onsdag 7. juni 2017

DCO core up and running

After spending a long time converting and optimising the DCO code for the PIC16F18325, I finally connected a DAC and tested the thing last night.

All frequency tests seemed ok, and the charge current tracked the frequency almost perfectly, charging the saw core capacitor to 5V even if frequencies changed. Only for the lowest frequency I tried (16.35Hz) did the cap not fully charge. I successfully tried frequencies up to 7000Hz. At 14000Hz the charge current was once again too low, but this was expected as the DAC output cannot reach a high enough level with the current combination of cap and charge current converter resistor (100kOhm). I tried swapping the resistor for a 56k one and the saw voltage swing doubled as expected, so a little experimenting with various resistor values will probably fix this issue.

I have had some issues with the saw core op amp oscillating. Not sure what causes it (well, I suspect it is due to the capacitor in the feedback loop), but some brands seem more susceptible to this than others.

I've tried the TL072CP and TL062CP from Texas Instruments and they both oscillate. TL072BD and 4556D from JRC work fine. Maybe the B/C difference could explain it.

The DCO uses modern, easily available components, the reset transistor is a 2N3906. The DAC currently used is a MAX541, with an SPI speed of 8MHz. The 'production version' will probably use a MAX5216 as this is way cheaper.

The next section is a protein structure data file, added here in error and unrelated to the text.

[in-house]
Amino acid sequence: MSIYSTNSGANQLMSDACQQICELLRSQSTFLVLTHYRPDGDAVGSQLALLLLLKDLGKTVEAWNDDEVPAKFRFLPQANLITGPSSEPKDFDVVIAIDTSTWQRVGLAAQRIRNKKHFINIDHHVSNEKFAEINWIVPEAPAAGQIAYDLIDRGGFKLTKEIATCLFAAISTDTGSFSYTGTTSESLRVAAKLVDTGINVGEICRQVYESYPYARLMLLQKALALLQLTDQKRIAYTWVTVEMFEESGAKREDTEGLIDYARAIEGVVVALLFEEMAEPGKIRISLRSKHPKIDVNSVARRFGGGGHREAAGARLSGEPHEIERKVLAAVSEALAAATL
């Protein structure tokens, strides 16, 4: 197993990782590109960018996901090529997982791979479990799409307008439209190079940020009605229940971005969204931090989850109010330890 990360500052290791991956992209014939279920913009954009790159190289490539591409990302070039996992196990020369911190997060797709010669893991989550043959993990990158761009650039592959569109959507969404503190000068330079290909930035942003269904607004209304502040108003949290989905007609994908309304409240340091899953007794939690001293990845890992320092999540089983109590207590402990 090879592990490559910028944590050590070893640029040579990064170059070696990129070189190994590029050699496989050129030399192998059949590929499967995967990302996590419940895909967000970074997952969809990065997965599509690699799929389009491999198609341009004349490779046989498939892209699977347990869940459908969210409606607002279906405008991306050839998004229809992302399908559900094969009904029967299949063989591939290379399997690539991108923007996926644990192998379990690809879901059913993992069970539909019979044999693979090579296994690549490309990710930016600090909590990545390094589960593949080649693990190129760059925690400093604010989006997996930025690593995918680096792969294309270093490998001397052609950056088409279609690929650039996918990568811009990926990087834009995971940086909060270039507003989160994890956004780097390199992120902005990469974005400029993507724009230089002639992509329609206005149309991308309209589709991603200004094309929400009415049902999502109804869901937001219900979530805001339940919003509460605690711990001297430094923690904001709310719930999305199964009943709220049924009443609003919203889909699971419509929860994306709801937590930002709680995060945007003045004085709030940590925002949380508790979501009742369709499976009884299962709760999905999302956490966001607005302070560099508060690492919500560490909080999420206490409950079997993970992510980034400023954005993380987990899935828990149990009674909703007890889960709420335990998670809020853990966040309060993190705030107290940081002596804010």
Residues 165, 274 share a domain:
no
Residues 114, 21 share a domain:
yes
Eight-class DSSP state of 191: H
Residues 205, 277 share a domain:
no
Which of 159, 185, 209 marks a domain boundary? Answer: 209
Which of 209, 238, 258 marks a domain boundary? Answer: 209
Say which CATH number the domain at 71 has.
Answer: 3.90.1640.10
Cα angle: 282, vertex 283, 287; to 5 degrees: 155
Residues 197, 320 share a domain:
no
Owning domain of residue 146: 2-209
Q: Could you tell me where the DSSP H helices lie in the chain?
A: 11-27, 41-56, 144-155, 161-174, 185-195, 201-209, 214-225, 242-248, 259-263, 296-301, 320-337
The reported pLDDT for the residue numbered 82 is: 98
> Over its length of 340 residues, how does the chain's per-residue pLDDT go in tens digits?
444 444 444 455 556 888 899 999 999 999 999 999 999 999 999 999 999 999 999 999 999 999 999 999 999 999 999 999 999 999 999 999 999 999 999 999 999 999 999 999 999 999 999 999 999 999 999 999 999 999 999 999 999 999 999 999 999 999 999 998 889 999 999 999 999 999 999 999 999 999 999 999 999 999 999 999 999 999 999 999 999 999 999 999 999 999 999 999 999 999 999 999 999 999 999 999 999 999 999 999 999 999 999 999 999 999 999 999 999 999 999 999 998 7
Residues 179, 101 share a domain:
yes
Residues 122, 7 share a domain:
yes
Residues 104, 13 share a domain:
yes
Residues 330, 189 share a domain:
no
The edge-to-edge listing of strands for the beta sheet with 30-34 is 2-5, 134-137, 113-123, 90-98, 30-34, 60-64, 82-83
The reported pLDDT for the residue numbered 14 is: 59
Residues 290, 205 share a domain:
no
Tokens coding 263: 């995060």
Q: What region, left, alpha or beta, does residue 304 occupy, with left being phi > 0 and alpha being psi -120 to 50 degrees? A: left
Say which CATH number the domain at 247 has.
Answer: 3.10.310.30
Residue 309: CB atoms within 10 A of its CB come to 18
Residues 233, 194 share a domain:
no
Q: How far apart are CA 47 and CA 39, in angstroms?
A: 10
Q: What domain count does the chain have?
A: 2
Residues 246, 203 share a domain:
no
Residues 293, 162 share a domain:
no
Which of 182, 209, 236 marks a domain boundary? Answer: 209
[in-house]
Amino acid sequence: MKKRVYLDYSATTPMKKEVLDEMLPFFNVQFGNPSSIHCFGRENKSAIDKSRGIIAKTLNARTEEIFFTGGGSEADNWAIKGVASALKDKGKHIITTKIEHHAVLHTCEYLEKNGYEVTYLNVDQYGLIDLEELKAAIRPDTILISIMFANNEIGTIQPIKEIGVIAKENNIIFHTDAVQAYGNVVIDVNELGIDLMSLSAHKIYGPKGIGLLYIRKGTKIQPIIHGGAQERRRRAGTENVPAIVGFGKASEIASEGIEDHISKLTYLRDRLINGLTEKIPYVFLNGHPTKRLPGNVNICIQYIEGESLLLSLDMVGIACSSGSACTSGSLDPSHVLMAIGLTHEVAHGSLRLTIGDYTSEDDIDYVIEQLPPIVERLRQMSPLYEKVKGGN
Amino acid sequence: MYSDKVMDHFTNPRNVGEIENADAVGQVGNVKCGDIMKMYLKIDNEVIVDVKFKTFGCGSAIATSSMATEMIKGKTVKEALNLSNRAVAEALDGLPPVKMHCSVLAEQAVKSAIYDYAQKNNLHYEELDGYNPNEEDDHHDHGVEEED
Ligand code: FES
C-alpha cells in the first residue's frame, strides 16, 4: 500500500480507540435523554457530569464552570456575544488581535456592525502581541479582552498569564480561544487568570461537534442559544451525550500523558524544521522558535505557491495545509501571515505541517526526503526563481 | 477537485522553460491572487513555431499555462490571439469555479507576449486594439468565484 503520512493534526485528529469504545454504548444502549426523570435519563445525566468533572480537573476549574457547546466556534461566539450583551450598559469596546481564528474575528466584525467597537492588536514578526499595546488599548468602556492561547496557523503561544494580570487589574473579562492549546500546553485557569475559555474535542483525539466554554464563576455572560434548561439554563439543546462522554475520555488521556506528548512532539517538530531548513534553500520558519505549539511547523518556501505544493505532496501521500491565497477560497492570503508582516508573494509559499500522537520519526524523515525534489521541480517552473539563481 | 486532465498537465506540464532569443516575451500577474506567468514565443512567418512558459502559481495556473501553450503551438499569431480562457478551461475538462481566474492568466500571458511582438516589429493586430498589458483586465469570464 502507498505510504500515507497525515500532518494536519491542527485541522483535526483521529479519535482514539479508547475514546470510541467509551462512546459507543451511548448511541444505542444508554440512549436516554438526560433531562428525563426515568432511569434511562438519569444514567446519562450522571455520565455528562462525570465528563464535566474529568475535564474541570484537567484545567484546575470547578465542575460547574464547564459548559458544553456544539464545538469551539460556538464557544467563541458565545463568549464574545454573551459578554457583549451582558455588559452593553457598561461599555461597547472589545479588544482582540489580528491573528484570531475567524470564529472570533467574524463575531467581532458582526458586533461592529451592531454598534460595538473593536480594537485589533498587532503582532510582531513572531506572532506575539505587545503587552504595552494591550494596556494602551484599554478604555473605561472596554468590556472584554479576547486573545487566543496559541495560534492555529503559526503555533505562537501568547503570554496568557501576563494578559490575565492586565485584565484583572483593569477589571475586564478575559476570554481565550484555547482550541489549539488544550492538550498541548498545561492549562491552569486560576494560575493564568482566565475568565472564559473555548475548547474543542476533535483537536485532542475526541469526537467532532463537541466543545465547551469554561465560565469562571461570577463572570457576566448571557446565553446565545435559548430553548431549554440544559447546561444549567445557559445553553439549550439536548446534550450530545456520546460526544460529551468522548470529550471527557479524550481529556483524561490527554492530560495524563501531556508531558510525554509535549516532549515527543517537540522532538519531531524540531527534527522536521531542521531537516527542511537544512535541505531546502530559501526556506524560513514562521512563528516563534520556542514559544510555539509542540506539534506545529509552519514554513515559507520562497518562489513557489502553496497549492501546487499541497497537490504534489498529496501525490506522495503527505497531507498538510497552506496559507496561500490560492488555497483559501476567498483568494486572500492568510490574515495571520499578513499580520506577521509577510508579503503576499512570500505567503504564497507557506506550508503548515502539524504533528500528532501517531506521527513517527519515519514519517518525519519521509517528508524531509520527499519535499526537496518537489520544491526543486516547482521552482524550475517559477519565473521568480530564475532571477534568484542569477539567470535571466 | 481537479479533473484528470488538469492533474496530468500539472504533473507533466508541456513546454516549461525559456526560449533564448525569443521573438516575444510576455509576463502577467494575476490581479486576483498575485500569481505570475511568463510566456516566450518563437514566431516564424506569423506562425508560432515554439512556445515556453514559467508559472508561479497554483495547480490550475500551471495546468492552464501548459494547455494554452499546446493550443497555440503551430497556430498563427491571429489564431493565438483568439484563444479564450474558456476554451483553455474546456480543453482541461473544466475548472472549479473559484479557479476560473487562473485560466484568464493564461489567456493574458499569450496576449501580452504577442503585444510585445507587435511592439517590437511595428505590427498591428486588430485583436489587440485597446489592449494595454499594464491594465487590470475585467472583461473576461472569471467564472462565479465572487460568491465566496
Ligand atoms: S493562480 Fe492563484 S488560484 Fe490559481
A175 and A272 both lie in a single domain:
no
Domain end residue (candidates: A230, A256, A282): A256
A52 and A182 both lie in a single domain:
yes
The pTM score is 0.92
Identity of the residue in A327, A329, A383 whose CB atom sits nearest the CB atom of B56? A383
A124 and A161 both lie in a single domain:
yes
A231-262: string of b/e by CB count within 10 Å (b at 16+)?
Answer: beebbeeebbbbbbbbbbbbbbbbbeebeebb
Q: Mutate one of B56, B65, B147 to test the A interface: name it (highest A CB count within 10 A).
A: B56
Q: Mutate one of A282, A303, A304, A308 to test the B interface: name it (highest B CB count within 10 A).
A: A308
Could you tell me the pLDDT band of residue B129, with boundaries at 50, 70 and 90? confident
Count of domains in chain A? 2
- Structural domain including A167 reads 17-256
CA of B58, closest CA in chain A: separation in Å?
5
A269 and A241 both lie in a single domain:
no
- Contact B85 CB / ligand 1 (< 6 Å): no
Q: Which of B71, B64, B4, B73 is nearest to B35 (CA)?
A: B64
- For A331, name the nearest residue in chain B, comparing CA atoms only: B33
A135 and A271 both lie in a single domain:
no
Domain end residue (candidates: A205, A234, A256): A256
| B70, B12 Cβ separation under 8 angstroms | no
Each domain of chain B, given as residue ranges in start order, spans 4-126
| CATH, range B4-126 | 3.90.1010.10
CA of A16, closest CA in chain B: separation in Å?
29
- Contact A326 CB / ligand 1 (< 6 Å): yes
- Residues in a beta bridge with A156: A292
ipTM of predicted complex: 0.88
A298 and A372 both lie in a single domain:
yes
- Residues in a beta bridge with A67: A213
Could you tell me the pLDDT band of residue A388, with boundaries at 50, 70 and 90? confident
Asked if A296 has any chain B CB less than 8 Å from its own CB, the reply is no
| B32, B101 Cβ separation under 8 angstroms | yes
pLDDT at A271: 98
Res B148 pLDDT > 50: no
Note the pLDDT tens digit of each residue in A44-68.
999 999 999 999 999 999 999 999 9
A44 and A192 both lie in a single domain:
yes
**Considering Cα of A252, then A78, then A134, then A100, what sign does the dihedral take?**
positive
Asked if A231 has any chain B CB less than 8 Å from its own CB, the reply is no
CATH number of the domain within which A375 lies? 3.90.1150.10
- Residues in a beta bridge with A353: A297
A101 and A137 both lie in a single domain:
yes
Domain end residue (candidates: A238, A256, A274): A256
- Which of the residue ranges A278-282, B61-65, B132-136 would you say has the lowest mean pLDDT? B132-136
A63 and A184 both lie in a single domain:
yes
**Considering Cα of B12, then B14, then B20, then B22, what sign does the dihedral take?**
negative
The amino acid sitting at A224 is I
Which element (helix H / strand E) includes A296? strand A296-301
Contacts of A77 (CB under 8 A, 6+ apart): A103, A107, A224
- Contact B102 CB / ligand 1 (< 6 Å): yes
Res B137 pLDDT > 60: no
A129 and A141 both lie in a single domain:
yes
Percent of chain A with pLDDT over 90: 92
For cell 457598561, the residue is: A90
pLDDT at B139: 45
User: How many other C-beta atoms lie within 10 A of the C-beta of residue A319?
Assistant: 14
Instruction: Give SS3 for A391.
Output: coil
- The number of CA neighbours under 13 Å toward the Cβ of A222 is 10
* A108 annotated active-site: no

I was not aware that I could get such a high speed, now I consider moving the DAC update into the interrupt routine. It will probably double the time spent in the routine, but even this would only reduce the max transfer speed from the master controller to the DCO to around 950kbps, meaning we could still update the DCO 50.000 times per second (or rather, transfer new pitch values, the DCO will only update at period reset positions).

Next up is adding and testing SPI control, then recalculating the lookup tables to be centred around Cs (a C should be at 32768 = virtual 0V). Then finally breadboarding the wave shaper circuitry and deciding on voltage control and how to center the waves around 0V.

I must also decide the p-p voltage output. 12V seems to be the Juno way, this is the highest "safe" voltage possible since the saw is generated between gnd and the negative power rail (-15V). I assume that keeping the voltage as high as possible up to the point where several waves are summed is a good idea, to keep noise to a minimum.

The charge current is a bit too low at the lowest frequency





The dots above the peak of the saw wave is the reset pulse




The reset pulse gets more and more visible as the frequency increases and we zoom in

The charge current is too low above a certain frequency. This will be fixed.


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